Juba, South Sudan. April. The dry season. The air red with dust blowing down from the desert to the north. Choking dust. Getting into everything. Me, coughing up my lungs half the night.

At six foot three, I'm considered a big guy back home in Canada. Here, in a group of locals, I'm about average. Some of these guys—heck, some of the women—must be close to seven feet. Damn good-looking women though.

My name's Ray Robertson. In Canada, I'm an RCMP officer. In South Sudan, I'm with the UN. Our role is to be trainers, mentors and advisers. Help the new country of South Sudan build a modern police force.

Yeah, right.

I've been in the country eleven and a half months. Just over two weeks to go. First thing I'm going to do when I check into my hotel in Nairobi is have a bath. A long hot bath. Get all that red dirt out of my lily-white skin. Jenny gets in the next morning. We're going to Mombasa. A fancy hotel. A week on the beach. Sex and warm water and clean sand. More sex. Heaven.

I climbed into the police truck. I'd recently begun working with John Deng. He was a good guy, Deng. From the Dinka tribe, so about as tall and thin as a lamppost. He didn't say much, but what he did say was worth listening to.

His phone rang. Deng spoke into it, a couple of short words I didn't catch. He hung up and turned to me. His eyes and teeth were very white in the dark.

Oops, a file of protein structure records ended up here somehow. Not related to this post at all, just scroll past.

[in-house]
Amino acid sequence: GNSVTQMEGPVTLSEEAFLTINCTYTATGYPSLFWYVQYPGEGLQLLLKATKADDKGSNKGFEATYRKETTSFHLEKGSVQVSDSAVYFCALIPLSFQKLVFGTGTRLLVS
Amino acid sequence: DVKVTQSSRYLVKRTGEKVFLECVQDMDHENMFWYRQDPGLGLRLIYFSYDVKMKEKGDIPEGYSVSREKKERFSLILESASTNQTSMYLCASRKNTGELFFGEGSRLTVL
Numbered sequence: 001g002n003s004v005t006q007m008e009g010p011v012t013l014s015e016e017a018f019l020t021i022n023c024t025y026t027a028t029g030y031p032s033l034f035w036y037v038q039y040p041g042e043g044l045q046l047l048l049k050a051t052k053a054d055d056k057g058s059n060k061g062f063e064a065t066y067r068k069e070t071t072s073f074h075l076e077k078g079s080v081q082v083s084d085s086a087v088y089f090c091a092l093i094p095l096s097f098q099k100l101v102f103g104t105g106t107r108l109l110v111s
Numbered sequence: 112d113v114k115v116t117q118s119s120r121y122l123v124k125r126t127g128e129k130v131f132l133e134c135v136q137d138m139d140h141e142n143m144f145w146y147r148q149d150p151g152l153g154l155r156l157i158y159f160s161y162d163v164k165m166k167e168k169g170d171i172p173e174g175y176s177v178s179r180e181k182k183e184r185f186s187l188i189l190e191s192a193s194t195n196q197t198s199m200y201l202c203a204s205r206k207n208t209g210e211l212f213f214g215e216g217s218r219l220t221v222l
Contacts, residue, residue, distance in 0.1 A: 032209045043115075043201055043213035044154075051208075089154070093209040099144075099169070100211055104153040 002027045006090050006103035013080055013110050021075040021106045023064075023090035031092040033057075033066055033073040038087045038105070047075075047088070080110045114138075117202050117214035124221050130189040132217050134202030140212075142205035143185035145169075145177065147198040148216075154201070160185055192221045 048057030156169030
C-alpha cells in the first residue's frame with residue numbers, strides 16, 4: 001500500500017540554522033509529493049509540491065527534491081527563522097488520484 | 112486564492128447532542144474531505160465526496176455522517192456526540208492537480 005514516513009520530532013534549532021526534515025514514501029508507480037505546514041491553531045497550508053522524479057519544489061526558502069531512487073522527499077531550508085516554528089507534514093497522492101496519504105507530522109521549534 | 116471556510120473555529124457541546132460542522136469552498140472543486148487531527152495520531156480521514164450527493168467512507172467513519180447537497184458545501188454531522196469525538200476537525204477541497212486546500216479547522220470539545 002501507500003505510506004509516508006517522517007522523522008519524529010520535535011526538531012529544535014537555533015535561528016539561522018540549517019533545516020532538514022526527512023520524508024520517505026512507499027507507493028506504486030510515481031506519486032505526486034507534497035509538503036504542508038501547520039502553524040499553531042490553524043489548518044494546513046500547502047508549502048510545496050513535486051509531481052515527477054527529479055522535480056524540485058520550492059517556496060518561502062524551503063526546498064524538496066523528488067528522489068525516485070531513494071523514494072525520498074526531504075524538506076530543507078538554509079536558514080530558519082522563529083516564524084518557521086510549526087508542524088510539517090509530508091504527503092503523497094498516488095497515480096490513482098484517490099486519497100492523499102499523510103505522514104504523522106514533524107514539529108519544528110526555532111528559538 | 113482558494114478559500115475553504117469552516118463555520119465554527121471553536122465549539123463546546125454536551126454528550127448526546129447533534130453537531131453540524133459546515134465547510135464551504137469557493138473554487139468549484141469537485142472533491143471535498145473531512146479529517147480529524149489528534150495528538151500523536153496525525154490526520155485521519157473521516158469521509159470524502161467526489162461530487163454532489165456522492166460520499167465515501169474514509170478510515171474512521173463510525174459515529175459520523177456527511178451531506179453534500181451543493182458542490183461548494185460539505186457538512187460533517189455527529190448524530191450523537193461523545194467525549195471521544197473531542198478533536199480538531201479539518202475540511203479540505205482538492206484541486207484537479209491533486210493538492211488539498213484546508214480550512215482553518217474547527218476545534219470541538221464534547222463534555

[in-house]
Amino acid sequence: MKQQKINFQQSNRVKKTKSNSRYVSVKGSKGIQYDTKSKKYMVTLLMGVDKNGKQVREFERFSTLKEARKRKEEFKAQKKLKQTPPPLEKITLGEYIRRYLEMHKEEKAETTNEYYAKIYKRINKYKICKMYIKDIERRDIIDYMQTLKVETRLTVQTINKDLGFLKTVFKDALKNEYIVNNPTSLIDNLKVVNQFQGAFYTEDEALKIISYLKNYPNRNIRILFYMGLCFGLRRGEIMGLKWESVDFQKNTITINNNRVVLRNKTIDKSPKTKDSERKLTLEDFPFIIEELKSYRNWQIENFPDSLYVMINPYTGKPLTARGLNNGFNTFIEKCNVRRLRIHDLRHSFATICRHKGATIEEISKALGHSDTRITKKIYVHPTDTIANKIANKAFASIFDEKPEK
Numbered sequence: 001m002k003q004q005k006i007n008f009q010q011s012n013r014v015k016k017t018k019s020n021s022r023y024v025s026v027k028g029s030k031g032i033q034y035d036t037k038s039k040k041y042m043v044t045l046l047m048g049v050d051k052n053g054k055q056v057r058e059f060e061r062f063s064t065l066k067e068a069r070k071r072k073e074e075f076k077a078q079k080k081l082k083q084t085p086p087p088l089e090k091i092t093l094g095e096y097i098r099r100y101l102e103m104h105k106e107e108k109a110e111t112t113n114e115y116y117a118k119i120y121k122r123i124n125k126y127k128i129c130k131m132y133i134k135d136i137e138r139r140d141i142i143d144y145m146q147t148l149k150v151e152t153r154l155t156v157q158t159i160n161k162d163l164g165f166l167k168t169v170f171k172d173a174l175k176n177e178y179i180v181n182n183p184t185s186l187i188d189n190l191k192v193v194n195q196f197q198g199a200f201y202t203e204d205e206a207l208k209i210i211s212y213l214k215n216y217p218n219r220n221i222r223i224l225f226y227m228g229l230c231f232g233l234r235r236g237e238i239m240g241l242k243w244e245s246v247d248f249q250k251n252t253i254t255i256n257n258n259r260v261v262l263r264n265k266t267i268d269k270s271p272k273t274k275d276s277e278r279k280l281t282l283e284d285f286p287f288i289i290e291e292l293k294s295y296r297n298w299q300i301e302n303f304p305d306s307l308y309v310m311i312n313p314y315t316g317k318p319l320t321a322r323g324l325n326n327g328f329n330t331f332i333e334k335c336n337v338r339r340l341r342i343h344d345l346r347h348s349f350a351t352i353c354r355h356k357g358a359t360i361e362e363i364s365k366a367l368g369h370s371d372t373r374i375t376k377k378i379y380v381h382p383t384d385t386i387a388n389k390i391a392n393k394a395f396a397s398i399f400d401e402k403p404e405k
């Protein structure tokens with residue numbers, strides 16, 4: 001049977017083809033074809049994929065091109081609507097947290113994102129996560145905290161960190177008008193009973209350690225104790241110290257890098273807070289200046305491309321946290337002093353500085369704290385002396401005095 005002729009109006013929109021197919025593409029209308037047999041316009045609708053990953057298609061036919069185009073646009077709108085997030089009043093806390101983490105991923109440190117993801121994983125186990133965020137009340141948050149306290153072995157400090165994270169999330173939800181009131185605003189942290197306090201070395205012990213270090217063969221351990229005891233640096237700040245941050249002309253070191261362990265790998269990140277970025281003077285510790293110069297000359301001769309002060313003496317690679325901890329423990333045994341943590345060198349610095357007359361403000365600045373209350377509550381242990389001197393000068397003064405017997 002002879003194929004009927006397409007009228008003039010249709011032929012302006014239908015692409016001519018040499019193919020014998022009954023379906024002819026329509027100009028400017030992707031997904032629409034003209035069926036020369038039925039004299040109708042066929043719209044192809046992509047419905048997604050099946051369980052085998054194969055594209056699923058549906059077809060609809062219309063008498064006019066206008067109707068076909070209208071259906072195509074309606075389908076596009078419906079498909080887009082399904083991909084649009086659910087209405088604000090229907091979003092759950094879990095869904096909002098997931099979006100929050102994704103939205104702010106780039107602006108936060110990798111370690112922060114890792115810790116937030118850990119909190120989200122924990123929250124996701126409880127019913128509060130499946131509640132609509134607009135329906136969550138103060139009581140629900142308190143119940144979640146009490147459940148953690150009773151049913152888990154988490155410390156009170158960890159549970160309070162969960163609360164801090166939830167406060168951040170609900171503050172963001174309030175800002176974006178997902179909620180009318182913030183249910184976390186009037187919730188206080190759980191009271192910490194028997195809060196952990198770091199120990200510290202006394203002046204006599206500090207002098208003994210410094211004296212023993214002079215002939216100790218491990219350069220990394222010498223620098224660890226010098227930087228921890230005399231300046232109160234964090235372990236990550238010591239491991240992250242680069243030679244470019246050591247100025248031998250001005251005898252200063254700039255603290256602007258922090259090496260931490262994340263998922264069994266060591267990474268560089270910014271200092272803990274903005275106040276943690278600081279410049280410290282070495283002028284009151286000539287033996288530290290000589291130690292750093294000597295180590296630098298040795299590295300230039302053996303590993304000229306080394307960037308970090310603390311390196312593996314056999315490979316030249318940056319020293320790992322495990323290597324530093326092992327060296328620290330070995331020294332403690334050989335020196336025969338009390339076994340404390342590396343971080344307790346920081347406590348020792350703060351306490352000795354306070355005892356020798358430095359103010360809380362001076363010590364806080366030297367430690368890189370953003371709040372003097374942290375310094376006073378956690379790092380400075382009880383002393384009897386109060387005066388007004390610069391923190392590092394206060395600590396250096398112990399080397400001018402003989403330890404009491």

“Another dead woman,” he said.


Deng put the truck into gear and we pulled into the traffic. Think you've seen traffic chaos? Come to Juba. The city's mostly dirt roads. Uncovered manholes, open drainage ditches and piles of rubble. Potholes you could lose a family in. Trucks, 4x4s, cars, boda bodas, pedestrians, goats, chickens and the occasional small child. Every one of them fighting for space, jostling to push another inch through the crowds. The roads have no street signs and few traffic signs. Which no one pays attention to anyway.

We drove toward the river. The White Nile. The goal of Burton, Speke, Baker, the great Victorian explorers. The river's wide here, moving fast. It's not white for sure. More the color of warm American beer. Full of twigs and branches and whole trees trapped in the current. Plus a lot of other things that I don't want to think much about.